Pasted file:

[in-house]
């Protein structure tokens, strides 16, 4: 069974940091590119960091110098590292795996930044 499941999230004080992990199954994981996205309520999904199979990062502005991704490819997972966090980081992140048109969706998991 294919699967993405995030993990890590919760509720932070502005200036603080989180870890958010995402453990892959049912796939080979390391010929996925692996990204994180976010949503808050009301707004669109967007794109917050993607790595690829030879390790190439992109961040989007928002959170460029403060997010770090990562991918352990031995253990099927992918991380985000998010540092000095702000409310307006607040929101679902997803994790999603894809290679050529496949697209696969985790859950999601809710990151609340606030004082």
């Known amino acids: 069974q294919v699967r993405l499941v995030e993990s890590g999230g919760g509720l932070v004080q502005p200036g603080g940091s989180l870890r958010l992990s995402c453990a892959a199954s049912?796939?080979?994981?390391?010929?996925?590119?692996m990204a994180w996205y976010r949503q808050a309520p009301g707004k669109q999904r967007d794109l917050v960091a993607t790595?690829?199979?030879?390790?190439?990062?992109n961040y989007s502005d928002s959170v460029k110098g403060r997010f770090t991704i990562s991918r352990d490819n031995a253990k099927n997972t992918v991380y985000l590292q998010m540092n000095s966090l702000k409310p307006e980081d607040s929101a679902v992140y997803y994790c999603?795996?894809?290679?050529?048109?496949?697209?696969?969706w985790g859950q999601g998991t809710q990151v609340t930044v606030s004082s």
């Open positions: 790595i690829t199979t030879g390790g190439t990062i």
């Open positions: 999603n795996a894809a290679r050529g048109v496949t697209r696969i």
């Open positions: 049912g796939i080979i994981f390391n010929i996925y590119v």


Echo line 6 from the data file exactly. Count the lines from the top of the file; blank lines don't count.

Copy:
């Open positions: 049912g796939i080979i994981f390391n010929i996925y590119v």